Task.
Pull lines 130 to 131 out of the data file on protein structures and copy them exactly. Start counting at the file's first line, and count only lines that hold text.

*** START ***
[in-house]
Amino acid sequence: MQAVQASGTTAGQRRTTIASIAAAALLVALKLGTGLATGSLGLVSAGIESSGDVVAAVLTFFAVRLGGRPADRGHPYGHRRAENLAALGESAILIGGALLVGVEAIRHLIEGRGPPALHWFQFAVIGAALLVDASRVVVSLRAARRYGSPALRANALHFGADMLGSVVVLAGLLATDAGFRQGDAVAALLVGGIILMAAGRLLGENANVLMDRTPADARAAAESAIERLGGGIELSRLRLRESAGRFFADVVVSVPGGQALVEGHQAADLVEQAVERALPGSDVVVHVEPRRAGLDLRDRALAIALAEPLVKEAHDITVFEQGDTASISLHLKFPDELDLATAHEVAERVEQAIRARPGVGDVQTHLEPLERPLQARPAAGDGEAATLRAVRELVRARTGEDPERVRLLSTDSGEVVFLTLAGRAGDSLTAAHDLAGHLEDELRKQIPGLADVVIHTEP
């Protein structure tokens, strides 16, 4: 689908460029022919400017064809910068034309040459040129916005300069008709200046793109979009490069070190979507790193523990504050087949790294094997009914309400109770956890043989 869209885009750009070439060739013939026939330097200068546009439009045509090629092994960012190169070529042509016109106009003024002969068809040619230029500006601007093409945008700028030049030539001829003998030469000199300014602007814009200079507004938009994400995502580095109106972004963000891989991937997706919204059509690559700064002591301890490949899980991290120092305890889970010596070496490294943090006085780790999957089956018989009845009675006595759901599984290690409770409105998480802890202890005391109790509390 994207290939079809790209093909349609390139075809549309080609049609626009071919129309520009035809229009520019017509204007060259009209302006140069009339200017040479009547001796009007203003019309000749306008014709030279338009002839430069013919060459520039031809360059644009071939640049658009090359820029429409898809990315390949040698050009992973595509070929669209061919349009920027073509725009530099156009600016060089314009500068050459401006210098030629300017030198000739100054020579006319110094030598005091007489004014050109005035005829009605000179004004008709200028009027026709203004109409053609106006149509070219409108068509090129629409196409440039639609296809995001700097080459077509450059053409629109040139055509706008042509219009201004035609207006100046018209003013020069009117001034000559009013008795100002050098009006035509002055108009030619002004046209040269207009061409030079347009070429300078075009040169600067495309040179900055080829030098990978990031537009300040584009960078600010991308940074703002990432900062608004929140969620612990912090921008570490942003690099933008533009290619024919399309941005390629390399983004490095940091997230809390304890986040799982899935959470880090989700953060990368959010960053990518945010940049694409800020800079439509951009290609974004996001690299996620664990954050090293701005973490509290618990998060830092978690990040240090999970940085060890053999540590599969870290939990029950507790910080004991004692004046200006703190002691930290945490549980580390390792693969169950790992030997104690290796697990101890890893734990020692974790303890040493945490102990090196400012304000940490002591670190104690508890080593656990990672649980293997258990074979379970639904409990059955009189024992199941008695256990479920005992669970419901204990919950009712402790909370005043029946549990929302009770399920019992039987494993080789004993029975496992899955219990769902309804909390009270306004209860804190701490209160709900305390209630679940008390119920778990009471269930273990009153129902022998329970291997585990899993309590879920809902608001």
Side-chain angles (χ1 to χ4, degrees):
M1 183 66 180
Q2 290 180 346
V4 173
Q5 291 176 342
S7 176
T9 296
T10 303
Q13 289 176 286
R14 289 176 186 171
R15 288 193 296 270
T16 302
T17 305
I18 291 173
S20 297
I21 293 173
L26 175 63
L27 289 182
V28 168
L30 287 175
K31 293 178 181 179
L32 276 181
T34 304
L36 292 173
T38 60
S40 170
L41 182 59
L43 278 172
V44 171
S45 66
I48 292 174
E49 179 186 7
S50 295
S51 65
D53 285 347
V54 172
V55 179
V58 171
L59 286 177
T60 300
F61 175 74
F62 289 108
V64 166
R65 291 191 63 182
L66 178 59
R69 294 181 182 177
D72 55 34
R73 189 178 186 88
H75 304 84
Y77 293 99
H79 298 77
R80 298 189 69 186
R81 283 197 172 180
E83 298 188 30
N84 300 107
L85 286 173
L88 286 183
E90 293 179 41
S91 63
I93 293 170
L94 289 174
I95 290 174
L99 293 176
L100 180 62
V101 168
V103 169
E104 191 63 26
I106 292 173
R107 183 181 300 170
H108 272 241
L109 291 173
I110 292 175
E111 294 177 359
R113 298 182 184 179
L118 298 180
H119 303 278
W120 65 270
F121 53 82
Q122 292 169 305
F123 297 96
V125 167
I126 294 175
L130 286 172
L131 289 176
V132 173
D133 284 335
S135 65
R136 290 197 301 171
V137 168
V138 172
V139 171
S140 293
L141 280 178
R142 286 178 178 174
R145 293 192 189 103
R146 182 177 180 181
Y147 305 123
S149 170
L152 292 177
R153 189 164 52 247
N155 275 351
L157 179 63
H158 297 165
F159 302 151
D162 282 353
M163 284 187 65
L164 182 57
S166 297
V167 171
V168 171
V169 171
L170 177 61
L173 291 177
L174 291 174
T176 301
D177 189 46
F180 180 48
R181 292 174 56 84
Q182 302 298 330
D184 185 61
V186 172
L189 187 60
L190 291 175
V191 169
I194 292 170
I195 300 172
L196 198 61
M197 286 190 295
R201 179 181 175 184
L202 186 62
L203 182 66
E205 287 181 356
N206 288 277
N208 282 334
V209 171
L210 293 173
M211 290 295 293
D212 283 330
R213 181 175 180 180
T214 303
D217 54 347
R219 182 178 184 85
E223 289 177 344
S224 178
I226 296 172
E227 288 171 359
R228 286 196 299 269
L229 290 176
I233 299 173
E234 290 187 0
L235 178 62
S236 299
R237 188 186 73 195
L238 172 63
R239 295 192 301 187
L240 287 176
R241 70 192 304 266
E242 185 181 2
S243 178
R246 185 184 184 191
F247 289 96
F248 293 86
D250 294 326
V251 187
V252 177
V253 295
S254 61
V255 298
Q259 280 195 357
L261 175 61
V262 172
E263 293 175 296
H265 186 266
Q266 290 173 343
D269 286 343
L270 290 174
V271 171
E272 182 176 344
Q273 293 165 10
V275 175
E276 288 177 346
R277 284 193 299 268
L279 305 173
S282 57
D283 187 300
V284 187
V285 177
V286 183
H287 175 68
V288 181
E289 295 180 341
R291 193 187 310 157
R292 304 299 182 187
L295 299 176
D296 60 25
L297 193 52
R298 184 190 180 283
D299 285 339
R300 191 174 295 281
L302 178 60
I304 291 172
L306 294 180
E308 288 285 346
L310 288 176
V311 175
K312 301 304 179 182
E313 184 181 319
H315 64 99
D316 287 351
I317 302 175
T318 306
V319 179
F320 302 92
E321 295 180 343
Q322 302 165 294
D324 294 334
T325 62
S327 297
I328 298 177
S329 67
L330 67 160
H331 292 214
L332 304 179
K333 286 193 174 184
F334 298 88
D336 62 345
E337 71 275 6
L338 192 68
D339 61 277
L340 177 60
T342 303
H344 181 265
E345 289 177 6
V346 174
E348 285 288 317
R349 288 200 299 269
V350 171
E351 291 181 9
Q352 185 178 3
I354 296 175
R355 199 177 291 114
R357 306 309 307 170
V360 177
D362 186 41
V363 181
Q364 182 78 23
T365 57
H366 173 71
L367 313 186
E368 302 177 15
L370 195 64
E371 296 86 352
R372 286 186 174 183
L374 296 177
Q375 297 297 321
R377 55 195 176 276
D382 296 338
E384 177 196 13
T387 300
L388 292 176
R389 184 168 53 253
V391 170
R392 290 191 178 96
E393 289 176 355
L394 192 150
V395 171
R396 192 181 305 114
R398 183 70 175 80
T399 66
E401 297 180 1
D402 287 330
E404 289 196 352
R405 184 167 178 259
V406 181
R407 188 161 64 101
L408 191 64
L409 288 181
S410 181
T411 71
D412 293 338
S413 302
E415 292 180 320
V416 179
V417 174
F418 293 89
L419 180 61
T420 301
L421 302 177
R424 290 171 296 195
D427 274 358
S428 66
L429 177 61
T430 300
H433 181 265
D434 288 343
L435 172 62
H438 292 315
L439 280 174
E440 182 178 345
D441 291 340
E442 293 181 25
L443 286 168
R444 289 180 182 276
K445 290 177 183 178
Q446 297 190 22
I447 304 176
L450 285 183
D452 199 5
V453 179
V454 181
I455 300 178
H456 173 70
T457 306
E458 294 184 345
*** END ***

L196 198 61
M197 286 190 295